If you were walking around downtown Dallas in July and August 2014, you might have noticed museum-quality prints showing observers a picture of their exact location. Those photographs were part of an anonymous social experiment dubbed Observe Dallas, designed to get people to see the beauty of their hometown.
Those photos were shot and displayed by Dallas photographer Richard Andrew Sharum, who's coming out of anonymity to do a second Observe Dallas starting on April 10 — this time with city approval. Said to be the largest street photography exhibit in Dallas history, Observe Dallas consists of eight photos displayed on the outside of five buildings, all depicting people you can encounter downtown.
The photos, one of which is 40 feet by 60 feet, show a variety of people, including fathers with their children, the homeless and workers going about their day. Sharum says the project is designed to get people to understand the beauty that's around them every day — beauty they might not otherwise notice.
"[The goal of this is] getting people to recognize that this is their downtown, and it can be seen in a beautiful light," Sharum says. "They probably walk by these same scenes every day, but they don't really observe their surroundings critically, and therefore use those critical observations to express themselves."
"Whether they're homeless or a billionaire walking the streets of downtown Dallas, [people are] all on the same plane of having the opportunity to observe this themselves."
Sharum selected the buildings on which to display the photos — located at 211 N. Ervay St., 800 Main St., 500 S. Ervay St., 325 N. Saint Paul St. and 601 Elm St. — with great care, to impact a diverse group.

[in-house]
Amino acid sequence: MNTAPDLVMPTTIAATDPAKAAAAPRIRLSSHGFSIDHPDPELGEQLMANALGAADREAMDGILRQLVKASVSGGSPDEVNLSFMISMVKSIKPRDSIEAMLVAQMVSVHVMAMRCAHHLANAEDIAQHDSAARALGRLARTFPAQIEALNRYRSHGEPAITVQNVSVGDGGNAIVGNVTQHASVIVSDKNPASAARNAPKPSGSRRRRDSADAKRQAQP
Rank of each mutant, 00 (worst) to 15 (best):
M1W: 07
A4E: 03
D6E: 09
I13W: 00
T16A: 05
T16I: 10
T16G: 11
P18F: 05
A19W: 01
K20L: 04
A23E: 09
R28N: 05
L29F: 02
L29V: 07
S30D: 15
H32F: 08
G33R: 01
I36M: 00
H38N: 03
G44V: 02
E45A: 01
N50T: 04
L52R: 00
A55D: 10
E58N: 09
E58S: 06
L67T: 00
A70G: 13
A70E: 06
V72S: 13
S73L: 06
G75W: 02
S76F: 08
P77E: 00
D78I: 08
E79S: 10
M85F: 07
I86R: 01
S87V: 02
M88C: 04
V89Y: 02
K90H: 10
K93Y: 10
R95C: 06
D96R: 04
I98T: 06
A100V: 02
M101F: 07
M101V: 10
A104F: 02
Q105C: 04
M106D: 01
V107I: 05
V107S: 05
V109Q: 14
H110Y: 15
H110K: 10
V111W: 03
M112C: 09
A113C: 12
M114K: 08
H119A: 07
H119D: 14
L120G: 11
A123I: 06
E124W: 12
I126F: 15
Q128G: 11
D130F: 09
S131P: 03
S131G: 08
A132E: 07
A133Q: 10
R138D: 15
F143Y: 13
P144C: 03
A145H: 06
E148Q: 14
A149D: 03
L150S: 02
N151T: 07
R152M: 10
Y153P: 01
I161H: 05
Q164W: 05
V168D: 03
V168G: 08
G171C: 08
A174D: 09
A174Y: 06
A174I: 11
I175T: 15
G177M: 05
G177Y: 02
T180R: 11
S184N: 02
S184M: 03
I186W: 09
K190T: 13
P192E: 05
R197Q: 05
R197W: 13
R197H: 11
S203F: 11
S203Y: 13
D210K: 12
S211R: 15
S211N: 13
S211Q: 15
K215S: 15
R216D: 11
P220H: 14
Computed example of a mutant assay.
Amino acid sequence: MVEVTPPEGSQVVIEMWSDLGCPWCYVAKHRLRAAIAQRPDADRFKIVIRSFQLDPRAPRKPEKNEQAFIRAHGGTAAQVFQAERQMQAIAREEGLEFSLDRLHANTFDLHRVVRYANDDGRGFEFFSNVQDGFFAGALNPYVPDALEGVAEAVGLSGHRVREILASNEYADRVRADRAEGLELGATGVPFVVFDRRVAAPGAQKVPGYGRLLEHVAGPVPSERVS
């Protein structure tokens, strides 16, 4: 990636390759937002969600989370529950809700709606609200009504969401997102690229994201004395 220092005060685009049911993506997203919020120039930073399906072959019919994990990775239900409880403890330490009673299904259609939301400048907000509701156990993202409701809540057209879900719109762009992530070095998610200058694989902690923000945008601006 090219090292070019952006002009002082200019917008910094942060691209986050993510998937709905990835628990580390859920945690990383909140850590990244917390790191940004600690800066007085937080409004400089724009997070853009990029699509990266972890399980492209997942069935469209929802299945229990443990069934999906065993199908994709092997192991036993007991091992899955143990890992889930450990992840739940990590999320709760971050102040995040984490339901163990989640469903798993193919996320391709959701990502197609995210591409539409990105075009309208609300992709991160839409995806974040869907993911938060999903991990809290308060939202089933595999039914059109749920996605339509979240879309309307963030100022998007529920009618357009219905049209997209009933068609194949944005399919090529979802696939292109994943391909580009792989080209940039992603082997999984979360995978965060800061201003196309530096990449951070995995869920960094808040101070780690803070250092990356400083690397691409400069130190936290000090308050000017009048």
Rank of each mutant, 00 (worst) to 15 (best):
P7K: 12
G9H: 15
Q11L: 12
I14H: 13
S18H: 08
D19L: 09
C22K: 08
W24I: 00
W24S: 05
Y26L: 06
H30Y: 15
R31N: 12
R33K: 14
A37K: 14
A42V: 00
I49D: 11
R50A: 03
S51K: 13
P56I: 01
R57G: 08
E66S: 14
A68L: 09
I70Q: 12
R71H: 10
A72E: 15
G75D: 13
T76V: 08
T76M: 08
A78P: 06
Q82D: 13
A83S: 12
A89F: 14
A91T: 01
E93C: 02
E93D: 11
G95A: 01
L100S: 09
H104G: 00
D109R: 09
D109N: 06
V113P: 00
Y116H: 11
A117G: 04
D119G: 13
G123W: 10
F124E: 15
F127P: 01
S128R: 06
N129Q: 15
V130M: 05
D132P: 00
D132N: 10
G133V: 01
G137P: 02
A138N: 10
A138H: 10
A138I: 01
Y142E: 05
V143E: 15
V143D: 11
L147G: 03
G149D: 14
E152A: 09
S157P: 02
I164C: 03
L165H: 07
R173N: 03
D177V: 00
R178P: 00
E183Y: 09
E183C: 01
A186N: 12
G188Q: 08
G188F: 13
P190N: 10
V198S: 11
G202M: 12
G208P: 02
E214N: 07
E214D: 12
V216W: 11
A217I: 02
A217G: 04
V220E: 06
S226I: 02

"I chose the buildings strategically based on parts of downtown Dallas that I think need more public work, and where I saw a lot of people walking every day and knew there would be a lot of traffic, a huge diversity of humans," Sharum says.
"By displaying it in certain areas of downtown where all walks of life live and work, then it includes everyone and doesn't discriminate against anybody."
The eight images will have staggered releases, with the first one, titled "One Main Place," going up at 211 N. Ervay St. on April 10. That one will stay up for a full year, while the other seven will have stays ranging from one week to almost two months. All eight photos are shown in the slideshow, along with the dates they will be displayed.
The inclusion of pictures of two homeless people is especially important for Sharum, as he's hoping to lead social change and inspire people to help come up with solutions for the area's homeless.
"I truly believe observation is the key to empathy and education, two ideals that are important to the progression of mankind," he said in a release. "I want these images to inspire people to pay attention to their surroundings, whether it's addressing the homeless issue, something I find people are afraid to talk about, or simply creating their own works of public art."
For Sharum, the project is less about him and more about the people in the shots and the people who will encounter the photos. He wants people to post their own photos on social media outlets, using the hashtag #ObserveDallas2015, to share their experiences downtown.
"I want people to be a part of it, whether they are photographers or not," Sharum says. "Everybody has a story to tell, and everybody sees wonderful, fantastic things every day downtown, but they have no outlet to express themselves, or they haven't even had the desire to express themselves.
"So hopefully this serves as a catalyst for people to at least try to document their lives or document their surroundings in downtown Dallas."